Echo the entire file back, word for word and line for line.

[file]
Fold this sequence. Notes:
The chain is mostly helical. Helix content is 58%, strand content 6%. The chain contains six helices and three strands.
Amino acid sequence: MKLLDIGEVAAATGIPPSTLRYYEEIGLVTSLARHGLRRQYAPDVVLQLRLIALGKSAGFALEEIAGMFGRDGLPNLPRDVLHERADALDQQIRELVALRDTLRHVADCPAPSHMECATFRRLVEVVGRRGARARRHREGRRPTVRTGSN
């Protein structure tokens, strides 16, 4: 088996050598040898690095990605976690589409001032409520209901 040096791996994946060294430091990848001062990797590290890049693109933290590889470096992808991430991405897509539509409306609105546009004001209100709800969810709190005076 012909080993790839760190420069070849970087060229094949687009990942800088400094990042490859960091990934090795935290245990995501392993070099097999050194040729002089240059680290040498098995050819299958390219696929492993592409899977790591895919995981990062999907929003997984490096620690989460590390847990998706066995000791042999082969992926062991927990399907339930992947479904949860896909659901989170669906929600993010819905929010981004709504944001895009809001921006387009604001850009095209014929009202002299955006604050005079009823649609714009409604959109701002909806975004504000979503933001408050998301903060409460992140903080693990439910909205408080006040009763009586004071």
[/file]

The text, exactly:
Fold this sequence. Notes:
The chain is mostly helical. Helix content is 58%, strand content 6%. The chain contains six helices and three strands.
Amino acid sequence: MKLLDIGEVAAATGIPPSTLRYYEEIGLVTSLARHGLRRQYAPDVVLQLRLIALGKSAGFALEEIAGMFGRDGLPNLPRDVLHERADALDQQIRELVALRDTLRHVADCPAPSHMECATFRRLVEVVGRRGARARRHREGRRPTVRTGSN
């Protein structure tokens, strides 16, 4: 088996050598040898690095990605976690589409001032409520209901 040096791996994946060294430091990848001062990797590290890049693109933290590889470096992808991430991405897509539509409306609105546009004001209100709800969810709190005076 012909080993790839760190420069070849970087060229094949687009990942800088400094990042490859960091990934090795935290245990995501392993070099097999050194040729002089240059680290040498098995050819299958390219696929492993592409899977790591895919995981990062999907929003997984490096620690989460590390847990998706066995000791042999082969992926062991927990399907339930992947479904949860896909659901989170669906929600993010819905929010981004709504944001895009809001921006387009604001850009095209014929009202002299955006604050005079009823649609714009409604959109701002909806975004504000979503933001408050998301903060409460992140903080693990439910909205408080006040009763009586004071």